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Muhammad Ansi, Pier (2016) | Courtesy of John Jay College of Criminal Justice.
Muhammad Ansi, Pier (2016) | Courtesy of John Jay College of Criminal Justice.
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For Some Guantánamo Bay Prisoners, Art Is the Only Freedom

Picture of Rachel Gould
Art & Design Editor
Updated: 5 October 2017
At John Jay College of Criminal Justice, over 30 artworks by Guantánamo Bay detainees are currently on display. Ode to the Sea: Art from Guantánamo Bay is a powerful new exhibition showcasing never-before-seen inmate depictions of the unattainable water that surrounds them, eerily juxtaposing freedom with captivity.

Eight current and former inmates at Guantánamo Bay have been given a rare platform of free expression in New York.

Djamel Ameziane, Shipwrecked Boat, 2016 | Courtesy of John Jay College of Criminal Justice.
Djamel Ameziane, Shipwrecked Boat, 2016 | Courtesy of John Jay College of Criminal Justice.

Housed within The President’s Gallery at John Jay College of Criminal Justice is a new exhibition of 30 paintings, works on paper, and “three-dimensional works crafted from the few materials permitted to detainees, including model ships made from parts of shirts, prayer caps, razors, and mops,” according to John Jay’s website, all portraying a theme typically associated with boundlessness.

In the exhibition’s catalogue, former detainee Mansoor Adayfi writes that the sea was chosen as the show’s central theme because it “means freedom that no one can control or own, freedom for everyone.” This “freedom” is contextualized by the reality of the artists’ prolonged detainment without trial.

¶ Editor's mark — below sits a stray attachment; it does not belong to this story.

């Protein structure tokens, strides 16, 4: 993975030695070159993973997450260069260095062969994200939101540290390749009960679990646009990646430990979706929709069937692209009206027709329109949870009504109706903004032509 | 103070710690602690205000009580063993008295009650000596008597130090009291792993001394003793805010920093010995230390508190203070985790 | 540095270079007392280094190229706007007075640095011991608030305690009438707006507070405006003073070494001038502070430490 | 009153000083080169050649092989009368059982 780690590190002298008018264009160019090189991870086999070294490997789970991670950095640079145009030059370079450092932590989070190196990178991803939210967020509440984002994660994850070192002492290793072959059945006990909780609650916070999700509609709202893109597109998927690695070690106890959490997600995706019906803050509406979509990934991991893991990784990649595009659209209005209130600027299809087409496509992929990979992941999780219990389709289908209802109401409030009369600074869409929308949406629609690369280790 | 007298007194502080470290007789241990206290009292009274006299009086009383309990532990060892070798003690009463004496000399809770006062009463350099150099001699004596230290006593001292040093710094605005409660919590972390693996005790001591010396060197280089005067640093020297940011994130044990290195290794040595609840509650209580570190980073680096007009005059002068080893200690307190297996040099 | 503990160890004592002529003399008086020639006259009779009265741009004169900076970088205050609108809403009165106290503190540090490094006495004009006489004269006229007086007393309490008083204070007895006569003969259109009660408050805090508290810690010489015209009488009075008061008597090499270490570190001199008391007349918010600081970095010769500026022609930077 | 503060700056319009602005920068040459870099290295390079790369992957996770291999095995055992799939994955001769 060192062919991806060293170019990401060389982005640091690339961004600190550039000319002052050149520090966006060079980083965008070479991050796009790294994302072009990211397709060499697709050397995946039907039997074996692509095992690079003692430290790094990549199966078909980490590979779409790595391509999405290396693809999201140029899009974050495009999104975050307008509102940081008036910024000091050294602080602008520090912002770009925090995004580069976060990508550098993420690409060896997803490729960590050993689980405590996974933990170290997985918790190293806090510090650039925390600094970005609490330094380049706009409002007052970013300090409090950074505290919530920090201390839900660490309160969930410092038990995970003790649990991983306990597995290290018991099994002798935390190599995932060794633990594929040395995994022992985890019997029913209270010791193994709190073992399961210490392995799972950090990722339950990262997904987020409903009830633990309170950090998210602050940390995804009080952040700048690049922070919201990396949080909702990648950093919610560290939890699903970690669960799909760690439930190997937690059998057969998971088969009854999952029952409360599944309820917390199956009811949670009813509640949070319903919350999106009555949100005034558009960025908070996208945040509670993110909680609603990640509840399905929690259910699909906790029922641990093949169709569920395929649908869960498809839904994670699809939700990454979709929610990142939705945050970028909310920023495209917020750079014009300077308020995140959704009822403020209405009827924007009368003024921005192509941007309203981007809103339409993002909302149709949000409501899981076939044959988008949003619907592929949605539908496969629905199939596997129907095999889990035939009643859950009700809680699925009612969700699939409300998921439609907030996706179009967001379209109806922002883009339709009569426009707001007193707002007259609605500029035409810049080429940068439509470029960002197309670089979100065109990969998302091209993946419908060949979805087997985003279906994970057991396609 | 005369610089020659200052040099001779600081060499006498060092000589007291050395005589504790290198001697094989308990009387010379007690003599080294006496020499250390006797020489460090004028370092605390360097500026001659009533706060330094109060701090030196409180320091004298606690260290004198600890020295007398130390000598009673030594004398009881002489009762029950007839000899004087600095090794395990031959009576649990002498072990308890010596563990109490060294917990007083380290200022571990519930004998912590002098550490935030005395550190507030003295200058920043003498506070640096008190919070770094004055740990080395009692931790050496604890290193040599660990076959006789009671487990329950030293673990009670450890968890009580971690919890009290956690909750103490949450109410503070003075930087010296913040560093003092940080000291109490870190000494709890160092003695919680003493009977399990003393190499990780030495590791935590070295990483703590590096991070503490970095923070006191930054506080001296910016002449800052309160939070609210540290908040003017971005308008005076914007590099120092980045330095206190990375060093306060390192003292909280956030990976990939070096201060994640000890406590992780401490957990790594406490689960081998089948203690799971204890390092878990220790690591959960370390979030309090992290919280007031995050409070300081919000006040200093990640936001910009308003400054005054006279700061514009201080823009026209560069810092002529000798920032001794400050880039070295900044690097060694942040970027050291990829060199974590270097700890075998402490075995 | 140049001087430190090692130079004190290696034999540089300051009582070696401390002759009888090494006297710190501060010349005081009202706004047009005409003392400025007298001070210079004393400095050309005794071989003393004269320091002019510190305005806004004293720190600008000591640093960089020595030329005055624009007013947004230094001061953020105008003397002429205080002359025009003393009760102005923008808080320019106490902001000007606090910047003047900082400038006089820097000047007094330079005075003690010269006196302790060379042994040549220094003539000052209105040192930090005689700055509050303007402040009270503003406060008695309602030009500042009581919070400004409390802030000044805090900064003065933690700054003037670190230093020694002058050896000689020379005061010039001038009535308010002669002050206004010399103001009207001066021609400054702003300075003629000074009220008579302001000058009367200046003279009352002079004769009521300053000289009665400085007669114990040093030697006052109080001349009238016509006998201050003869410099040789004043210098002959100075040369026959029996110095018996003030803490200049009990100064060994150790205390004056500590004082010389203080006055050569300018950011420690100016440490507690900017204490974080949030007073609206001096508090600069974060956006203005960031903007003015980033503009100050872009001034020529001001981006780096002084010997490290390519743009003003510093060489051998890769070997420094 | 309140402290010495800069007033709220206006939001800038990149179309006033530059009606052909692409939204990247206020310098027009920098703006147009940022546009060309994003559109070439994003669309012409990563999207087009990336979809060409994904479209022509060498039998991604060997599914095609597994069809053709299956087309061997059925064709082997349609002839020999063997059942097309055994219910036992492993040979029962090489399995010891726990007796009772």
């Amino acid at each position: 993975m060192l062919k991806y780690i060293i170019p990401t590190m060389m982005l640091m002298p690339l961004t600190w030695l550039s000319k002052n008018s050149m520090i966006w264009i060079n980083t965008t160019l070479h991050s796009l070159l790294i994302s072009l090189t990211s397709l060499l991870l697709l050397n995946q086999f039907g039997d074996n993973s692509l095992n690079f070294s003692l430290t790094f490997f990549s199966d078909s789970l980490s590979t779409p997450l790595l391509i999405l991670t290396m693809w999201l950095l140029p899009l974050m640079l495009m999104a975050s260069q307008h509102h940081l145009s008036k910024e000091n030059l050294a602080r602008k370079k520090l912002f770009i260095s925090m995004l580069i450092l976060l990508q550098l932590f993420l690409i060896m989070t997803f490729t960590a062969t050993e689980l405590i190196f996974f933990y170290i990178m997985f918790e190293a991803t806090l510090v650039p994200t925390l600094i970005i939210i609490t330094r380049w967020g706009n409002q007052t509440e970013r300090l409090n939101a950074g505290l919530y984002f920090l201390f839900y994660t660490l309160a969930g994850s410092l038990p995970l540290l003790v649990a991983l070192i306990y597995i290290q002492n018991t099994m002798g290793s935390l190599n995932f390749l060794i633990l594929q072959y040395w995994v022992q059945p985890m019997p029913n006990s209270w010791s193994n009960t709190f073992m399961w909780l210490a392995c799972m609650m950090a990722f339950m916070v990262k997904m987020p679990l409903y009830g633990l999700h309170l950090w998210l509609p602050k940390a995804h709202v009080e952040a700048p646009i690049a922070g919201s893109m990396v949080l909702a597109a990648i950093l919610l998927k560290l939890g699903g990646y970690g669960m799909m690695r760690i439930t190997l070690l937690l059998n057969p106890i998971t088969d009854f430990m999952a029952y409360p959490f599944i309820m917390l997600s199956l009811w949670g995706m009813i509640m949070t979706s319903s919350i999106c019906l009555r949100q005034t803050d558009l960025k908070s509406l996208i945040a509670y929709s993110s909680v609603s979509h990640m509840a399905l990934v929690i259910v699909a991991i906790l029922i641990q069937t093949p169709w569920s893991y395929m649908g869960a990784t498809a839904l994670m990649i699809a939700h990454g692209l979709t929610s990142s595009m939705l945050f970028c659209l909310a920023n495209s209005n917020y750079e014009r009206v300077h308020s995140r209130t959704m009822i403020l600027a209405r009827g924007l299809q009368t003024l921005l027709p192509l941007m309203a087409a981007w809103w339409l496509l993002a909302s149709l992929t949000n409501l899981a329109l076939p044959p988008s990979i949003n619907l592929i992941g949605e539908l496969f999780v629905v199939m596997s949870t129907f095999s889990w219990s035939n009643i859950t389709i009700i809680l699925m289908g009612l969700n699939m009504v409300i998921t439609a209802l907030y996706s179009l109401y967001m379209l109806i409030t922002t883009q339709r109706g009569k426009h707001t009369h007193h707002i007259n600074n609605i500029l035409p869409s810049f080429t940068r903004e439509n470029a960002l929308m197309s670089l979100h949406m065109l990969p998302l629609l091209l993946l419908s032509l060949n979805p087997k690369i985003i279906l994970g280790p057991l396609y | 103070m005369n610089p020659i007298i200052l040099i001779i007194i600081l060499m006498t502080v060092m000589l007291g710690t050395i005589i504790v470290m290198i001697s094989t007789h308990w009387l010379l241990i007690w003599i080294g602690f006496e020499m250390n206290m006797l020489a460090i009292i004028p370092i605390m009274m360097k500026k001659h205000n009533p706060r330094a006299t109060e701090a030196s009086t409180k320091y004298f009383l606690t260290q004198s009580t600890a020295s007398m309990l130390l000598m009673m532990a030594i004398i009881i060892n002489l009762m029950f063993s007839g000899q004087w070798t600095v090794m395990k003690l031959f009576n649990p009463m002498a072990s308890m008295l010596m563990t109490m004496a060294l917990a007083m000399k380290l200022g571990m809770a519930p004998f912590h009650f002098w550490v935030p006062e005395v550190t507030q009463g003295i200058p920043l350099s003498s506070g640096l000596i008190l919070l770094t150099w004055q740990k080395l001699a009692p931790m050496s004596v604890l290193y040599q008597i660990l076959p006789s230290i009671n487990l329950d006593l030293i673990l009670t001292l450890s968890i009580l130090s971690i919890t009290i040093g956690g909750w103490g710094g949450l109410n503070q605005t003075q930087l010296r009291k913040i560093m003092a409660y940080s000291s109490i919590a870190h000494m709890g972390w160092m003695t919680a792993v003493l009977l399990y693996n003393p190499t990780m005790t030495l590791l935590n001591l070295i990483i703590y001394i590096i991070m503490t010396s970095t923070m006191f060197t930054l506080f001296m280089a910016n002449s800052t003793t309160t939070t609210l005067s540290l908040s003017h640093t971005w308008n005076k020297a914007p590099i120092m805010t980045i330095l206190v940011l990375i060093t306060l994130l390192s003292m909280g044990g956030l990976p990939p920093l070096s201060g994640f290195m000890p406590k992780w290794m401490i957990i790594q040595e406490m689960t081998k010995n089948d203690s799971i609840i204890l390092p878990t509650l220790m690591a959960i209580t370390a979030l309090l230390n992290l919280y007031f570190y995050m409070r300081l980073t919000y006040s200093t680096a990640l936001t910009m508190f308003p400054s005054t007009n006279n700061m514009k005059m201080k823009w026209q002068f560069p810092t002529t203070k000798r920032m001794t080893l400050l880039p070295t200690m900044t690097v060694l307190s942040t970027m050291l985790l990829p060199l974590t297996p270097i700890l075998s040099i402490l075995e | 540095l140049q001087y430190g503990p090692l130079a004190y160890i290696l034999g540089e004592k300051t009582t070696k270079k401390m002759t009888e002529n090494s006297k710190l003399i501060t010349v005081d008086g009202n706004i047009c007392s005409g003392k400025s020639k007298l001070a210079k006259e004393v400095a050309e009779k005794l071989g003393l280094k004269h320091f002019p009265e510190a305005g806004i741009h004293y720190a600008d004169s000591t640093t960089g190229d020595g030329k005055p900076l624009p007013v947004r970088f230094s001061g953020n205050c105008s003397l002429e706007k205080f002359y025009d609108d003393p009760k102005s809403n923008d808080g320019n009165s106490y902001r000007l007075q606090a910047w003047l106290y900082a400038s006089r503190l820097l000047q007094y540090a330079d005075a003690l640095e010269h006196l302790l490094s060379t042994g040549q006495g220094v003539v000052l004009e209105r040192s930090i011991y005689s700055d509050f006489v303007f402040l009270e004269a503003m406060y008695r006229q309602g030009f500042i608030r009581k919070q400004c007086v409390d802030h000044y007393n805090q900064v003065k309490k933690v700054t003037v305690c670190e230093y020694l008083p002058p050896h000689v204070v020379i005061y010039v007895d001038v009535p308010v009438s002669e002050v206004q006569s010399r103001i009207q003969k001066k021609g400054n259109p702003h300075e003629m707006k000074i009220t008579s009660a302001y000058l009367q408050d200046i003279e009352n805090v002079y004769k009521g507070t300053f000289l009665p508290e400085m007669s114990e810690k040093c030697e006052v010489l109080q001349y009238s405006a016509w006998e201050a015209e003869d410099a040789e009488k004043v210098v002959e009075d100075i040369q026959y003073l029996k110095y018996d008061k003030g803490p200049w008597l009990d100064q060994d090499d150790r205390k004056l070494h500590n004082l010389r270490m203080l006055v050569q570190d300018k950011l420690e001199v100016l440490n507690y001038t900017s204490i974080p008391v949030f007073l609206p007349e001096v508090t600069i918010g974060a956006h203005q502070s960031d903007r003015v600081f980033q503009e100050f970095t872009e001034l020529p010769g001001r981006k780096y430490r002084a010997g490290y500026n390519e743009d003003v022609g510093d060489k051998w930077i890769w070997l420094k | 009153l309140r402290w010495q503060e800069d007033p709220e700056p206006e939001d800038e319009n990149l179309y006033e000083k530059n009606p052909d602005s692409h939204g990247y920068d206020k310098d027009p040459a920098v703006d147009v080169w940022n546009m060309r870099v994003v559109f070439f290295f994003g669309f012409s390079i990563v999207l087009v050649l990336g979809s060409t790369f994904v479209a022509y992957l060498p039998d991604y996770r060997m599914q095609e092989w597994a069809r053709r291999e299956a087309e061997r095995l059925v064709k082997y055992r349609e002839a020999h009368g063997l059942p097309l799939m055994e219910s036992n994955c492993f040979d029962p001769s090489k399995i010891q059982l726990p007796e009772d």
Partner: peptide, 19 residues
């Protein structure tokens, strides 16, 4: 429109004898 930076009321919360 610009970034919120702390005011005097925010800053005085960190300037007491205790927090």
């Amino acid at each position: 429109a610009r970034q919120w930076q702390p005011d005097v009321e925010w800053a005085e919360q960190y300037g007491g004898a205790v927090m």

Muhammad Ansi, Black Shore, 2016 | Courtesy of John Jay College of Criminal Justice.
Muhammad Ansi, Black Shore, 2016 | Courtesy of John Jay College of Criminal Justice.

At Guantánamo Bay, inmates are positioned near the sea with tarps concealing their coastal surroundings. For only four days in 2014, the veil was lifted in anticipation of a hurricane. “All of those who could draw made drawings about the sea,” Adayfi remembers.

Only two artworks included in the exhibition have been seen before. The majority have been handed over by the inmates’ attorneys and thoroughly processed, scanned, and analyzed for hidden messages. “A stamp reading ‘Approved by US Forces’ signals that the works have been cleared, and its ink often bleeds through to the image on the other side, a ghostly mix of art and authority,” John Jay’s website explains.

Ghaleb Al-Bihani, Houses Reflected in a Bay, 2016 | Courtesy of John Jay College of Criminal Justice
Ghaleb Al-Bihani, Houses Reflected in a Bay, 2016 | Courtesy of John Jay College of Criminal Justice

Artworks by current detainees Moath Al-Alwi, Ammar Al-Bluchi, Ahmed Rabbani, and Khalid Qasim will be exhibited alongside the work of former inmates Muhammad Ansi, Djamel Ameziane, Abdualmalik (Alrahabi) Abud, and Ghaleb Al-Bihani.

“When I start an artwork, I forget I am in prison,” Yemeni national Moath Al-Alwi told his lawyer, according to The Guardian. “Despite being in prison, I try as much as I can to get my soul out of prison. I live a different life when I am making art.”

Ode to the Sea: Art from Guantánamo Bay will remain on view at The President’s Gallery, John Jay College of Criminal Justice, 524 W 59th Street, New York, NY 10019 until January 26, 2018. A symposium and reception will be held on Monday, October 16 from 6pm until 8:30pm.